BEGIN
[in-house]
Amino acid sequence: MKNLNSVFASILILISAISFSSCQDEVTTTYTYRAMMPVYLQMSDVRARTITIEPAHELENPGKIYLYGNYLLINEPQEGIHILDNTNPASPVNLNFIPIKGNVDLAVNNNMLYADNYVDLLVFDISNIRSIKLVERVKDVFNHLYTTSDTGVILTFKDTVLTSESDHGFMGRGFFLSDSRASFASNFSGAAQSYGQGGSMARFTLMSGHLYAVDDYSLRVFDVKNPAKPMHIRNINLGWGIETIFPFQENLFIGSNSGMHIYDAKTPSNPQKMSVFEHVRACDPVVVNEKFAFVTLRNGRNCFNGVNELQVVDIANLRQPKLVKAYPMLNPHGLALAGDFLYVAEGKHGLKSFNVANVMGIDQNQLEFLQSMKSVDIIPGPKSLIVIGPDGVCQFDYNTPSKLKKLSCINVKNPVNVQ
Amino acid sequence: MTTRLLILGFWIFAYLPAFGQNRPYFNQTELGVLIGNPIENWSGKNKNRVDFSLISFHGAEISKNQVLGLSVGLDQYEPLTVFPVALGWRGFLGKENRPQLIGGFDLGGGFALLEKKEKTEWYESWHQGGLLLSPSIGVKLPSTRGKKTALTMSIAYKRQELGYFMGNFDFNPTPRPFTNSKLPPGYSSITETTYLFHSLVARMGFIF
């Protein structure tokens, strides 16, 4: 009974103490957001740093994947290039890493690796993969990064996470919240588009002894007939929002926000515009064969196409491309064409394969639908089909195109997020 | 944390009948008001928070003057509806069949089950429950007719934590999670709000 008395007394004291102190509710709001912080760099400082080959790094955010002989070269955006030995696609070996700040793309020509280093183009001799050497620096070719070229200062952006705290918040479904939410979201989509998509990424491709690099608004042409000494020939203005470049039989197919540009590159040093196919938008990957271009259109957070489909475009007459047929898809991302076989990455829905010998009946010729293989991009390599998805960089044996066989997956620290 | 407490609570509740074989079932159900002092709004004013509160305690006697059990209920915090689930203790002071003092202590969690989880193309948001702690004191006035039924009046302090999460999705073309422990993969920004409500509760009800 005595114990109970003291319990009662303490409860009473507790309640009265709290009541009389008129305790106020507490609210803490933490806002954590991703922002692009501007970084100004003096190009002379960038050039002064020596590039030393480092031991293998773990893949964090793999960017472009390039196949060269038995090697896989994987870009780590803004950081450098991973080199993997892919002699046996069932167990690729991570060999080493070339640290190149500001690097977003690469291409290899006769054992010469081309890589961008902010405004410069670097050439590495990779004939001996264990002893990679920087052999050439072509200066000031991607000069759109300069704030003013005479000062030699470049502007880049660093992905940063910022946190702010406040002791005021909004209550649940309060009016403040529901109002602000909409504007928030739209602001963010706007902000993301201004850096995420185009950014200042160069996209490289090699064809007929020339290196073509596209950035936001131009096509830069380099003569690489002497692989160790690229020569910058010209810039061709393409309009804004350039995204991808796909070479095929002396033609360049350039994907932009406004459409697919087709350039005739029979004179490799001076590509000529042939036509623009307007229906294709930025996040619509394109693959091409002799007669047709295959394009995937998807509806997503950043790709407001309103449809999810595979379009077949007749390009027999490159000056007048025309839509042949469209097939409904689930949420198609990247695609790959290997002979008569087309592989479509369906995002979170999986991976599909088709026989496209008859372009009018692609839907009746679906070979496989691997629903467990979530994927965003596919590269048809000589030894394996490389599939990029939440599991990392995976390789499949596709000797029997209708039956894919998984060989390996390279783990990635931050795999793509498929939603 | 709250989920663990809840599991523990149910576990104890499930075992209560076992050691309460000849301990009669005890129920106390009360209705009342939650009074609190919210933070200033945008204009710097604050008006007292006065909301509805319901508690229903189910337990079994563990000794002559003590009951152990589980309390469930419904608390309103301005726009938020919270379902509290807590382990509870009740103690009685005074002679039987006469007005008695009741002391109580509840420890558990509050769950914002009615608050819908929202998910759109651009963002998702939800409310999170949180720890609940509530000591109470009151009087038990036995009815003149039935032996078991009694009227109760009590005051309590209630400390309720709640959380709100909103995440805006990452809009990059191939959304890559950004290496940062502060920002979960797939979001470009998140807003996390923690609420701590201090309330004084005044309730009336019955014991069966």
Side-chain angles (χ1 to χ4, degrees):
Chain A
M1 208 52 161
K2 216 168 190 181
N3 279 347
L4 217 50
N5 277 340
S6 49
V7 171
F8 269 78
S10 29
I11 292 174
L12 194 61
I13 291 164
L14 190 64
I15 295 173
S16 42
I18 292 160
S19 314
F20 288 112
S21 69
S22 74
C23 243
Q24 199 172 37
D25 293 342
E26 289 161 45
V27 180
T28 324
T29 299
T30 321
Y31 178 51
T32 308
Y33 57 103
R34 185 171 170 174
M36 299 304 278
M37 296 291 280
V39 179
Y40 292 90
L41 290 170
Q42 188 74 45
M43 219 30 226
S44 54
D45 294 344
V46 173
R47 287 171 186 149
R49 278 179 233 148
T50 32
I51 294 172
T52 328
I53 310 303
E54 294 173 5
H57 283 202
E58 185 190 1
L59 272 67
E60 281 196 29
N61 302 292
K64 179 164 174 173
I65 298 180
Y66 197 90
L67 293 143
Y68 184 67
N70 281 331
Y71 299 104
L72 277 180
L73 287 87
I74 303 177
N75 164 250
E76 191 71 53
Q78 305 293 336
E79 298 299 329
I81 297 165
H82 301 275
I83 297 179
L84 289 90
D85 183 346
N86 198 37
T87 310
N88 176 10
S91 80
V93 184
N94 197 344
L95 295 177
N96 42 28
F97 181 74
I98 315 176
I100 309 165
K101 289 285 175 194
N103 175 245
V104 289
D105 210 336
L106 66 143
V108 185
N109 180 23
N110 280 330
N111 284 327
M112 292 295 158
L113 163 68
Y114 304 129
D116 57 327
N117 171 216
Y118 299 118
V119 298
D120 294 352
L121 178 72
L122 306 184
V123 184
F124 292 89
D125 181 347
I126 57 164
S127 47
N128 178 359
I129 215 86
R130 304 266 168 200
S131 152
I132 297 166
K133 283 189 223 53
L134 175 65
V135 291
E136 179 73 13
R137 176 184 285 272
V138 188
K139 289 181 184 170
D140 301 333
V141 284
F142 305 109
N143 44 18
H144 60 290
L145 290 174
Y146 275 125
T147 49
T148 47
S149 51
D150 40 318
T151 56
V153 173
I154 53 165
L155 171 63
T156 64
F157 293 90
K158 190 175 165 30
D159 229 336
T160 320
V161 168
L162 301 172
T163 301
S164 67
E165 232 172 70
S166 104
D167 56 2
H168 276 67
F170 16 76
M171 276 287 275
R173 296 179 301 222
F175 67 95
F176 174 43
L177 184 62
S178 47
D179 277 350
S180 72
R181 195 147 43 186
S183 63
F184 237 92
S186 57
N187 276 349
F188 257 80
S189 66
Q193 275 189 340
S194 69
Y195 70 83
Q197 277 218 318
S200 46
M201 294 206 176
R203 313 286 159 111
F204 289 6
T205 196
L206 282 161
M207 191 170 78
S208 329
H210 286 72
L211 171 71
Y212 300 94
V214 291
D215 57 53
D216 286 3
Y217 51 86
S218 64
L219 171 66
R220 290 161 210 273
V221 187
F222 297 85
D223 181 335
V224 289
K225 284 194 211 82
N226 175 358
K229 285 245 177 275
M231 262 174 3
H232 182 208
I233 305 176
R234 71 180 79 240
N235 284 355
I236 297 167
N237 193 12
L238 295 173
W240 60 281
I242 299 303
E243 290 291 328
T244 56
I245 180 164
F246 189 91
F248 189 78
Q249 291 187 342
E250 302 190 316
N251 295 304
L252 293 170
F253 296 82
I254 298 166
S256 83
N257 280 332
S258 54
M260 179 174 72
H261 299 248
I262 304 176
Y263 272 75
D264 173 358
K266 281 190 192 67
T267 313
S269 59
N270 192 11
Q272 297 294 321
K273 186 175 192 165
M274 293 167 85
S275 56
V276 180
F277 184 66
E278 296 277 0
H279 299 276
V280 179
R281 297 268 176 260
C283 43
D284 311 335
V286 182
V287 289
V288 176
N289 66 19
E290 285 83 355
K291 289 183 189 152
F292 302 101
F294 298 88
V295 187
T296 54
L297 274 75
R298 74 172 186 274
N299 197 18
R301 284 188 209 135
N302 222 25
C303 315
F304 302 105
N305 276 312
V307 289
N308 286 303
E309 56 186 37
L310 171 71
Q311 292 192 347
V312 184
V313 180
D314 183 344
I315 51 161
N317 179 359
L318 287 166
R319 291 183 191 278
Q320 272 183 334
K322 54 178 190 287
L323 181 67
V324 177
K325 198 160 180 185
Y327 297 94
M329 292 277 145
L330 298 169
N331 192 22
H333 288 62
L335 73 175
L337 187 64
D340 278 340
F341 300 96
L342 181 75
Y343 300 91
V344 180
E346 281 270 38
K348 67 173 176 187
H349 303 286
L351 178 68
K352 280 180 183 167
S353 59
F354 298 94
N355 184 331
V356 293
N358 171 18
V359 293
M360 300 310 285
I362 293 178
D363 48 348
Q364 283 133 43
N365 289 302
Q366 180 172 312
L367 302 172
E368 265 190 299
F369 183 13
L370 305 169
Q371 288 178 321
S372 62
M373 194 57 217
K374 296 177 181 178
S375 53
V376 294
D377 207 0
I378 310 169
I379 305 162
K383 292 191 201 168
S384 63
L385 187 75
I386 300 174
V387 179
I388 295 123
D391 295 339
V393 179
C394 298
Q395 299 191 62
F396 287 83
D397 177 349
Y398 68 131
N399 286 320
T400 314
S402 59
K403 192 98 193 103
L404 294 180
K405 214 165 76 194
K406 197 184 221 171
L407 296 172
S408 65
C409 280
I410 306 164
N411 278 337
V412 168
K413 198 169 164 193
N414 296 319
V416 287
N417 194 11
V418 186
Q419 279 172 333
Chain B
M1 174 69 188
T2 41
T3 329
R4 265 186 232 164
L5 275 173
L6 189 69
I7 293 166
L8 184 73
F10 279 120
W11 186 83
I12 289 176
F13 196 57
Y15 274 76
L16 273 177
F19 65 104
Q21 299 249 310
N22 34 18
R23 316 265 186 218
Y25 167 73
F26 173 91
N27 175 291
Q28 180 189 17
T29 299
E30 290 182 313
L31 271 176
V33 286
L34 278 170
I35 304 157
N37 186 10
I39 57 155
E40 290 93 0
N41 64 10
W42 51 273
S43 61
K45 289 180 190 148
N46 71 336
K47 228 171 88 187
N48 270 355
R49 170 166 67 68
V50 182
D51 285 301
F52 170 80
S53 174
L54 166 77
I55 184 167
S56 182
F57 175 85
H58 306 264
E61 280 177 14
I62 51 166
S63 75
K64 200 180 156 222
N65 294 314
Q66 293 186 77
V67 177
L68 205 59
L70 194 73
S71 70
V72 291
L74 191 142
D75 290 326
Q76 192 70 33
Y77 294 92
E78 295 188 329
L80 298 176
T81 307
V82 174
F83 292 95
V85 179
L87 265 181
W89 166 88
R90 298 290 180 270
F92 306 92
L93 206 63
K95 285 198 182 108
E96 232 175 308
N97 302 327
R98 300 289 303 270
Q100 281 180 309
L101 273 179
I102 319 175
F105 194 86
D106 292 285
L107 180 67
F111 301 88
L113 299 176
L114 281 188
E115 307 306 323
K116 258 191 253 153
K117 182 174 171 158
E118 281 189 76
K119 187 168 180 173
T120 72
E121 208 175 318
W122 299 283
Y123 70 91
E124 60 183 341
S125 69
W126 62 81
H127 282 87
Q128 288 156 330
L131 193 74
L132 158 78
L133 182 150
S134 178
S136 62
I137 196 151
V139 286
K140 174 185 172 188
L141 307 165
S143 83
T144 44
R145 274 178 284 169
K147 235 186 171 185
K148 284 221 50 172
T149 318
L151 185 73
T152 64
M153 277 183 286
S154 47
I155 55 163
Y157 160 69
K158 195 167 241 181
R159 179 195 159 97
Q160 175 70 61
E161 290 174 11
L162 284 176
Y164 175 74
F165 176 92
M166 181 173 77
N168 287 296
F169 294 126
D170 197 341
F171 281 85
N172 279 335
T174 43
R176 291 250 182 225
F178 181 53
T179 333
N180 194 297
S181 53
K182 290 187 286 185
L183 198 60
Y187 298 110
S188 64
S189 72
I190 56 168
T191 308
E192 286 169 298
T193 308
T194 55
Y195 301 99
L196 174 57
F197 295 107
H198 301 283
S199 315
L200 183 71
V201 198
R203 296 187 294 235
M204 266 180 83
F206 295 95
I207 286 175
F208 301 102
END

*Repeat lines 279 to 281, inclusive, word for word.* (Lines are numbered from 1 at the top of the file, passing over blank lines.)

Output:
K325 198 160 180 185
Y327 297 94
M329 292 277 145